According to the Rape & Incest National Network, 11.2% of all college students experience rape or sexual assault through physical force, violence or incapacitation. 8.8% of females and 2.2% of males experience rape or sexual assault through physical force, violence or incapacitation. According to the National Sexual Violence Resource Center, 91% of rape/sexual assault victims are female; 1 in 5 women and 1 in 71 men will be raped at some point in their lives; 1 in 5 women and 1 in 16 men are sexually assaulted while in college; and more than 90% of sexual assault victims on college campuses do not report the assult.
When being raped or sexually assaulted is a constant threat to women in particular and women are still expected to continue their studies and take themselves seriously, there exists a problem needing to be addressed.
Having approached Peck University fellow administrators many times for many years and being told some version of “they’re asking for it” over and over again and seeing no change, I hope that this blog will encourage change by shining a light on the area requiring it. I do understand that I will lose my job over this.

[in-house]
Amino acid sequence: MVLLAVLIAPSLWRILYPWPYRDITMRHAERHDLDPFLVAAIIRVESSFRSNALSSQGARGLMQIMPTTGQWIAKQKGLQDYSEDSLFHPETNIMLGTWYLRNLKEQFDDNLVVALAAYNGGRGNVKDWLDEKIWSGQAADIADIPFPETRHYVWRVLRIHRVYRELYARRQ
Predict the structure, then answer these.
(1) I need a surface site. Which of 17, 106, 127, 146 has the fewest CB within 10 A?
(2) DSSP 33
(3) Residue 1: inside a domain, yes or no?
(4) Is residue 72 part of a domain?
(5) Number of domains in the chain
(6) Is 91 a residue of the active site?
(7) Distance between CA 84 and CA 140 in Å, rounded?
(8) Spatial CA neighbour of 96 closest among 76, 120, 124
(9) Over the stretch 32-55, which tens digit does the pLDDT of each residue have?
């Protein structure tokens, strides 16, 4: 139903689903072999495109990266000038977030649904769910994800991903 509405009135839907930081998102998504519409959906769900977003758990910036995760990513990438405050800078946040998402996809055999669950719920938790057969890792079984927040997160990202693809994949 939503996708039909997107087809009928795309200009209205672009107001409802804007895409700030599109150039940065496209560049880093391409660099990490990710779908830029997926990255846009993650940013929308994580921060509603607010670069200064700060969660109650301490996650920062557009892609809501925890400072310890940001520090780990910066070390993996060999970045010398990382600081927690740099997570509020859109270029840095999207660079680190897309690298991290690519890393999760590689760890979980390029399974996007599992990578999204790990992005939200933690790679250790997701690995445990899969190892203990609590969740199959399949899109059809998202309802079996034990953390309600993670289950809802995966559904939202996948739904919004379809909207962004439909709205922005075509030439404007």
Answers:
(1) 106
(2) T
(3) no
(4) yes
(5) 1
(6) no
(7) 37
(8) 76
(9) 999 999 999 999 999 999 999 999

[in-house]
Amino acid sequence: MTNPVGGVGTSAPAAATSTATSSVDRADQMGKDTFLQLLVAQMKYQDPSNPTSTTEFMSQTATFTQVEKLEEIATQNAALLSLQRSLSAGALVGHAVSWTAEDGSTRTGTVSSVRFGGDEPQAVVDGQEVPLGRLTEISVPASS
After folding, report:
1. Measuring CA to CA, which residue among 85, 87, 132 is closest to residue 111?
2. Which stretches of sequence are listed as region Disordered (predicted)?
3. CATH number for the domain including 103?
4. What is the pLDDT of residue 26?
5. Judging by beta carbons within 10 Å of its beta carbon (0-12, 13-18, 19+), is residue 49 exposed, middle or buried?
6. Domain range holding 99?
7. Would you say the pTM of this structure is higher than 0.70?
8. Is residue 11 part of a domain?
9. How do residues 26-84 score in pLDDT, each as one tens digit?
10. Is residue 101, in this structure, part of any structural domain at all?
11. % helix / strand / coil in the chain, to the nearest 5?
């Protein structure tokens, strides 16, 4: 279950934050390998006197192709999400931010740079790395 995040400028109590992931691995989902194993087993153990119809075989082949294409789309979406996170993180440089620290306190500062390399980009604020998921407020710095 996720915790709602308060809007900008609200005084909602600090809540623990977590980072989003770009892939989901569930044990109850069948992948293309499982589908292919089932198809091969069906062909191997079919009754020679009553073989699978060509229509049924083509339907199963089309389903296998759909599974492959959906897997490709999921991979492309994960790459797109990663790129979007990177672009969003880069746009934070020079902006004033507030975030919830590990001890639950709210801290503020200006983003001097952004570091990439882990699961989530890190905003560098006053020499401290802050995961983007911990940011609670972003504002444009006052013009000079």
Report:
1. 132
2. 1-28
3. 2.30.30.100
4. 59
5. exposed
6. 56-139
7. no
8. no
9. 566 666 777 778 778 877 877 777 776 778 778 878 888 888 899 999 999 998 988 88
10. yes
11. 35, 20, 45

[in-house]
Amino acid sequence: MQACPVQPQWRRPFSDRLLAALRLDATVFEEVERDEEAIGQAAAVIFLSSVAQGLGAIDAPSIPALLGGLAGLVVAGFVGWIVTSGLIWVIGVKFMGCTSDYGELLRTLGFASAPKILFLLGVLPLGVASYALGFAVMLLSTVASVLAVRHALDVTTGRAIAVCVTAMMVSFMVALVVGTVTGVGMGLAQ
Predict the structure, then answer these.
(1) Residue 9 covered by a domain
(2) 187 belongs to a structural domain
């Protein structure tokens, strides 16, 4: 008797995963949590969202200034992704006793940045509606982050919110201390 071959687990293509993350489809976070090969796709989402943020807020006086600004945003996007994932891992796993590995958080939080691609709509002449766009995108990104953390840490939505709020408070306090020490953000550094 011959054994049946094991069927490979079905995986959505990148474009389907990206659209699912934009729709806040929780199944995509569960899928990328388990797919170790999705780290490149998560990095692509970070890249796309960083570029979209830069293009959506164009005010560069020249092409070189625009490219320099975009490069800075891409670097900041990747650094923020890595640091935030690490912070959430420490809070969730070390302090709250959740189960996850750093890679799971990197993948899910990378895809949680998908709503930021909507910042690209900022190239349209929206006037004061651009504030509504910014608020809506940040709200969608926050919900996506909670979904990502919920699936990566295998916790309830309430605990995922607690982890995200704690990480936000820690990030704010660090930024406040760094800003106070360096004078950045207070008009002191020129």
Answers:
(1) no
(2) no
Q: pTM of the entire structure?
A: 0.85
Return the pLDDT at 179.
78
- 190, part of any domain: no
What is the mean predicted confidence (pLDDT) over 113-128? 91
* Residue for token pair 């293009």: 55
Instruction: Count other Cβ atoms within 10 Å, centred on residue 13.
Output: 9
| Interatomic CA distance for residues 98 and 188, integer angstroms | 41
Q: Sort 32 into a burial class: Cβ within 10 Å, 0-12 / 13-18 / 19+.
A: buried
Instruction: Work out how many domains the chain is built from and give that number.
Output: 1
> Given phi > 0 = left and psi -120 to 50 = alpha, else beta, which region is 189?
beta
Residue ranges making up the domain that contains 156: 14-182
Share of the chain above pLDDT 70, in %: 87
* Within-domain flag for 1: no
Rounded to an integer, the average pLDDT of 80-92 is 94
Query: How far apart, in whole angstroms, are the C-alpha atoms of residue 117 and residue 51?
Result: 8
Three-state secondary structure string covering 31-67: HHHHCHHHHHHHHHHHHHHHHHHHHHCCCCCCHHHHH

Please find below a list of literal responses I’ve received when recounting stories of sexual assault and rape from female students who pay over $30,000 a year to be students at this university, none of which is refundable when a traumatizing (preventable) experience causes them to drop out early:
- Why was she out partying? She’s underage. She’s just lucky she didn’t get arrested, ticketed, or put on academic probation for indecent conduct. In fact, I’d like to discuss placing her on academic probation, we don’t want the country to view our girls this way.
- Just don’t make a big deal out of it. Do we have some university subsidized counseling? Send her to the medical office.
- He’s on the swim team and his father is a big donor. She’s a B- student. Moving on.
- Gloria please, stop putting these issues on the agenda.
Now I understand that bringing these issues up provides an opportunity for them to be ignored. This is why I’ve been asked to stop including them on meeting agendas or they’ve mysteriously disappeared from the agendas.
But when 91% of assault is against women and 90% of these events are not reported to authorities, the university must assume responsibility for protecting those who pay to be students there. And I’m making it my mission to advocate for this kind of protection. Women are valuable members of society who are systematically denied basic human rights in many sections of their lives, disproportionate to the opportunities available to men. To get to a place of gender equality, we need to start changing the ways we raise and educate both men and women while extending special protections to women until there is resolution within sight.